November 11 marks the end of World War I. To be more precise, fighting officially ended at 11 AM, November 11, 1918 The 11th hour of the 11th day of the 11th month!
On November 11, 1921, an unknown World War I American soldier was buried in Arlington National Cemetery. This site, on a hillside overlooking the Potomac River and the city of Washington, became the focal point of reverence for America's veterans
Veterans Day was originally called Armistice Day. It was originally meant to honor World War I veterans. Armistice Day officially received its name in America in 1926 through a Congressional resolution and became a national holiday 12 years later.
Armistice – noun - a state of peace agreed to between opponents so they can discuss peace terms Veterans Day is to appreciate all who have served their country especially those who are still living. Memorial Day honors the American Military who have died in their service for the country.
Realizing that peace was equally preserved by veterans of WW II and Korea, Congress decided to honor those who have served America in all wars. In 1954, President Eisenhower signed a bill proclaiming November 11 as Veterans Day.
There are actually more than 19 million war veterans in the United States, according to the Department of Veterans Affairs. This includes veterans from World Wars I and II, as well as the Korean Conflict, the Vietnam War, the Persian Gulf War, Iraq and Afganistan.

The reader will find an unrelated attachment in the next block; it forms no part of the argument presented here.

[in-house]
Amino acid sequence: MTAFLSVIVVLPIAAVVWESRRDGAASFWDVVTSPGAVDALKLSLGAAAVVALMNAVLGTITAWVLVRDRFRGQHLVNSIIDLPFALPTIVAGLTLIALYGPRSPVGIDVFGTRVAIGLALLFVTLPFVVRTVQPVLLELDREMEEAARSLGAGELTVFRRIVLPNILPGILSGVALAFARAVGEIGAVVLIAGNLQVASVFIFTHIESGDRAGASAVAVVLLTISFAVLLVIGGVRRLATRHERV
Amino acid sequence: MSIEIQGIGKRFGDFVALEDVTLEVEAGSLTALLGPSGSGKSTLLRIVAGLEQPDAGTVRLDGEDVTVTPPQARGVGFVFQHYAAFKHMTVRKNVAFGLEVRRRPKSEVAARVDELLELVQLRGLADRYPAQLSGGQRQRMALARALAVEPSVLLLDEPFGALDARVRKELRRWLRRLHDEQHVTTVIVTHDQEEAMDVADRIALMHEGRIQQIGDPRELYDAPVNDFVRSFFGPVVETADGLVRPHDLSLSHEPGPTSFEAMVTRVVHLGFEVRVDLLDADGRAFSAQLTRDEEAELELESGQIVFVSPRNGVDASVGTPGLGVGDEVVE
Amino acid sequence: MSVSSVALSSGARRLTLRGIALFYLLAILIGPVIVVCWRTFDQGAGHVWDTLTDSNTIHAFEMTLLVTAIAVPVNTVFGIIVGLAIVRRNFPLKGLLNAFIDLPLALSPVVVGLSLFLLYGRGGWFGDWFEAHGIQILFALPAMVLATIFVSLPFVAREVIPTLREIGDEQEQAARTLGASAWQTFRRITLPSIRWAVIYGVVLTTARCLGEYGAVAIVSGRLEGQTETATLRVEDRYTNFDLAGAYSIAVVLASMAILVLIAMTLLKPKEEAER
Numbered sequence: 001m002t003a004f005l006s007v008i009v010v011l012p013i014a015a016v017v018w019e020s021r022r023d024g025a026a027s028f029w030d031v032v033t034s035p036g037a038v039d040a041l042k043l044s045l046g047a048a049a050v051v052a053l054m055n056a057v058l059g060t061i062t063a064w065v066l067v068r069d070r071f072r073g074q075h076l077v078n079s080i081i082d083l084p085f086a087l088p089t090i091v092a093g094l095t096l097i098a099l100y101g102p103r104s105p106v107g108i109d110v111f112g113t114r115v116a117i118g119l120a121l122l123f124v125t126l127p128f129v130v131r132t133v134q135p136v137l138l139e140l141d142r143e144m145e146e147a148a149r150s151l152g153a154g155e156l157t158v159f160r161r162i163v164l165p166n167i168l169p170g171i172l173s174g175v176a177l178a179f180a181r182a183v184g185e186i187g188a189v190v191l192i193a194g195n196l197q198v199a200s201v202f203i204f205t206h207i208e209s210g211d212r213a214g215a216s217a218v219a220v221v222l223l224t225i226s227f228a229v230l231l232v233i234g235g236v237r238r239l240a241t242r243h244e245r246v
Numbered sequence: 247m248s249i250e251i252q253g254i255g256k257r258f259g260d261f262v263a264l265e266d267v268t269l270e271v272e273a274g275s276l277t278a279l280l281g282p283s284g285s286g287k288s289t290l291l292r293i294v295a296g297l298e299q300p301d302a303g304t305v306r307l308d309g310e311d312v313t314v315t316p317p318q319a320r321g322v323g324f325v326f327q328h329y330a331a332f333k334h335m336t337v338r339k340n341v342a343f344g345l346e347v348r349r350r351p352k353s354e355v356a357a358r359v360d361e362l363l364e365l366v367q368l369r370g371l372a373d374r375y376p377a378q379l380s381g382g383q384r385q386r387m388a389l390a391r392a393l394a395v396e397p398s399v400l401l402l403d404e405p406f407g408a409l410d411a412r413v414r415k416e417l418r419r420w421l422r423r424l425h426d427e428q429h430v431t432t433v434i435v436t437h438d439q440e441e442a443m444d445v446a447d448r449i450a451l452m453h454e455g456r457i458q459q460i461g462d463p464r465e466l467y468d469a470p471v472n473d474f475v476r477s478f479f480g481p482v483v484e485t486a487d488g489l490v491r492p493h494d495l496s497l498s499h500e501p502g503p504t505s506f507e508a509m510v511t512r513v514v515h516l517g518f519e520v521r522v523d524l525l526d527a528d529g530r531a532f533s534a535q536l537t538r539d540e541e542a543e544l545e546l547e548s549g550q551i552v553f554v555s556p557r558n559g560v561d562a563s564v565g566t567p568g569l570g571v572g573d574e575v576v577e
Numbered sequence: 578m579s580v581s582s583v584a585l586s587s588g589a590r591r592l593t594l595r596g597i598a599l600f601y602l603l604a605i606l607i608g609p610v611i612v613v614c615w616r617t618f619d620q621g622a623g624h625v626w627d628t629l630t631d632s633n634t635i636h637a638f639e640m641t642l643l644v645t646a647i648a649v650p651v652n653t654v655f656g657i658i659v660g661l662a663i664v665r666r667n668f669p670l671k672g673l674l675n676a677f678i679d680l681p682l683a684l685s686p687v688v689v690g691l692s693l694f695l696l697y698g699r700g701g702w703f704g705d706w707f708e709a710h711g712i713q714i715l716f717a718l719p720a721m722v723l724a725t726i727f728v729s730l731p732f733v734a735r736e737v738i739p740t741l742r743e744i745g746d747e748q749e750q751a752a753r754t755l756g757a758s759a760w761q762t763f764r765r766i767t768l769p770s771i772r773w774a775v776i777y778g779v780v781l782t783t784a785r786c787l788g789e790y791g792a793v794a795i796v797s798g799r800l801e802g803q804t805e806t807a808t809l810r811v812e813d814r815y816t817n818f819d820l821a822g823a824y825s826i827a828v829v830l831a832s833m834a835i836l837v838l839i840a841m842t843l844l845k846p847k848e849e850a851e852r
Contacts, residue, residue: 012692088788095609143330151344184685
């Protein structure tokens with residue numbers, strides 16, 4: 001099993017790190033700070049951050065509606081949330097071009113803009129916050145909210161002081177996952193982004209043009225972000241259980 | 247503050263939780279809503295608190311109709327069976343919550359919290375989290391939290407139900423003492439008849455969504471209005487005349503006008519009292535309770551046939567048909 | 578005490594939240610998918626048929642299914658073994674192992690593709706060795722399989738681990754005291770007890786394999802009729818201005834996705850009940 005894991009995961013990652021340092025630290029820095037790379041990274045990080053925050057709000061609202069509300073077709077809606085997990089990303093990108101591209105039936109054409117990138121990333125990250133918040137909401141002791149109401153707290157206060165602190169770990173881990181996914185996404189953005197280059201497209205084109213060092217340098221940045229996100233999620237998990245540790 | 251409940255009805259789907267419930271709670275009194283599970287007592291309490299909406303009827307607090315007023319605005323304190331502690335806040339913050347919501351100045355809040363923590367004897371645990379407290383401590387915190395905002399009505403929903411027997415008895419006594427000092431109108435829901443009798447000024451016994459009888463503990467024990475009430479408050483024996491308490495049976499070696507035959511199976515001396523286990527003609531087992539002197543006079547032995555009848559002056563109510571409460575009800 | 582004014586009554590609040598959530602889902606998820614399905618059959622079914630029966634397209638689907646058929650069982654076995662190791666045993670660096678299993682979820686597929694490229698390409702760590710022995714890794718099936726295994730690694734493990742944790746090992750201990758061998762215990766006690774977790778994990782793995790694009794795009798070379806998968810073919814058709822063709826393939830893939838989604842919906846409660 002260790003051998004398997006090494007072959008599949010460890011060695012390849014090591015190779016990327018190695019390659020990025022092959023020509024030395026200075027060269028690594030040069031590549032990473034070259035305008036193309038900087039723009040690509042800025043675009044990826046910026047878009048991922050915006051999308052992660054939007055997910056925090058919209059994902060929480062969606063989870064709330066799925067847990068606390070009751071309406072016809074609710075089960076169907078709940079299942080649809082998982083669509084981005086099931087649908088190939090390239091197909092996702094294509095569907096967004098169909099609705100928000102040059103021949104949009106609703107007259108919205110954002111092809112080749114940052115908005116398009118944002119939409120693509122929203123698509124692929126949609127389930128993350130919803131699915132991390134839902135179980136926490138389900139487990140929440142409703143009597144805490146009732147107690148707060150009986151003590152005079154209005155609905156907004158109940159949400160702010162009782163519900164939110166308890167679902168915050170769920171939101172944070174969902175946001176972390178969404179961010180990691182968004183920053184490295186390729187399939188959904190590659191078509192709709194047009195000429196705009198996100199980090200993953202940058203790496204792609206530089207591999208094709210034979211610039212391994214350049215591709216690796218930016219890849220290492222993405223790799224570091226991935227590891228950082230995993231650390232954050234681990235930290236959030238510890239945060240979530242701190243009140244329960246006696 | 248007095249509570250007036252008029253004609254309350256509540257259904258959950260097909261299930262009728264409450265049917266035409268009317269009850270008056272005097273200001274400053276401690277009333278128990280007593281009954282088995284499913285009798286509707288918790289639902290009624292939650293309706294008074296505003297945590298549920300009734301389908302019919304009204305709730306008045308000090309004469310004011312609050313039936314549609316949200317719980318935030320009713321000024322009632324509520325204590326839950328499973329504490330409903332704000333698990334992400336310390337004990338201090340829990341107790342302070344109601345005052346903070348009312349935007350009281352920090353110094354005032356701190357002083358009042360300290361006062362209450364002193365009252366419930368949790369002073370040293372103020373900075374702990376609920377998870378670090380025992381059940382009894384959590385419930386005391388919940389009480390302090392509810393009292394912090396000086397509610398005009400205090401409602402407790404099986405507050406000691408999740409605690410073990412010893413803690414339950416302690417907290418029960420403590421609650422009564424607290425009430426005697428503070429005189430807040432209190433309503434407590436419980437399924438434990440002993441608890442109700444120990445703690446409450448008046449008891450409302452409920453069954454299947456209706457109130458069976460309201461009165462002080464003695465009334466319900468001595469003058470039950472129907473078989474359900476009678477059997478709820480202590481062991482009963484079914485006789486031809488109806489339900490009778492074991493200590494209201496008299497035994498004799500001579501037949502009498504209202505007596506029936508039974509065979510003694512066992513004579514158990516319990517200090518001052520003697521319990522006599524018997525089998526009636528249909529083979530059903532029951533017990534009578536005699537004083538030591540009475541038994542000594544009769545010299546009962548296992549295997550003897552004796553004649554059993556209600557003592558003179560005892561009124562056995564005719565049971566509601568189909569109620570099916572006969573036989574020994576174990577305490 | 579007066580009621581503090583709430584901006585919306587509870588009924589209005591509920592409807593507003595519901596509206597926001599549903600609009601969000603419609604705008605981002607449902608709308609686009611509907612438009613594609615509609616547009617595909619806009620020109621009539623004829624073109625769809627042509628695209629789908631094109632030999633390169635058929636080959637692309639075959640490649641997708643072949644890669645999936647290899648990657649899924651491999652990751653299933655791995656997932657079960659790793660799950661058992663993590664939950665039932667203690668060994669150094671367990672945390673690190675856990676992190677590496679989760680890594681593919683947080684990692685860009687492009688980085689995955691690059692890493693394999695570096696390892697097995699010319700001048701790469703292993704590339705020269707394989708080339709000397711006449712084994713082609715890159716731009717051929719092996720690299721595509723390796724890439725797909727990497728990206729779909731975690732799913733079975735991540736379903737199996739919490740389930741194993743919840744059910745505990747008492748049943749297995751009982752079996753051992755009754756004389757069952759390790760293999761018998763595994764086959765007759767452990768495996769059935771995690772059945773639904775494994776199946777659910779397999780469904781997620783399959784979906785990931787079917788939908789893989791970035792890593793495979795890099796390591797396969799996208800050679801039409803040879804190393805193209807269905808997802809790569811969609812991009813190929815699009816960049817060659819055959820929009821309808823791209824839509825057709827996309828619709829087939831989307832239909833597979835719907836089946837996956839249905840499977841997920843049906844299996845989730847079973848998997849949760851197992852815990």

The Poppy was adopted as the symbol of remembrance because it was so widespread on the sites of the battlefields of Europe after the First World War
In Flanders Field the poppies blow Between the crosses, row on row That mark our place, and in the sky The larks, still bravely singing, fly Scarce heard amid the guns below. We are the Dead. Short days ago We lived, felt dawn, saw sunset glow, Loved and were loved, and now we lie In Flanders Field. Take up our quarrel with the foe: To you from falling hands we throw The torch; be yours to hold it high. If ye break faith with us who die We shall not sleep, though poppies grow In Flanders fields. Lt. Col. John McCrae, M.D. Canadian Army Dec 8, 1915
Flanders Field is a United States military cemetery near Waregem, Belgium. Buried in this cemetery are the bodies of 368 members of the armed forces who died in World War I (1914-1918). Canadian poet John McCrae wrote the famous poem, "In Flanders Fields
The best way to honor veterans is to fly the American flag. The flag is flown to show respect for American veterans, and is a symbol of their service to the country. Some people celebrate the holiday by attending ceremonial flag raisings and reciting the Pledge of Allegiance.
I Pledge Allegiance to the flag of the United States of America and to the Republic for which is stands, one Nation under God, indivisible, with liberty and justice for all. Red Skelton on TV Show January, 1969
Oh, say can you see, by the dawn’s early light. What so proudly we hailed at the twilight’s last gleaming Whose broad stripes and bright stars through the perilous fight, O’er the ramparts we watched were so gallantly streaming? And the rockets’ red glare, the bombs bursting in air, Gave proof thro’ the night that our flag was still there. Oh, say, does that star-spangled banner yet wave O’er the land of the free, and the home of the brave? Francis Scott Key
Army Navy Air Force We want to thank all Americans who have served in the Military, whether in war or peace. Marines Coast Guard National Guard created by Susan Ging Lent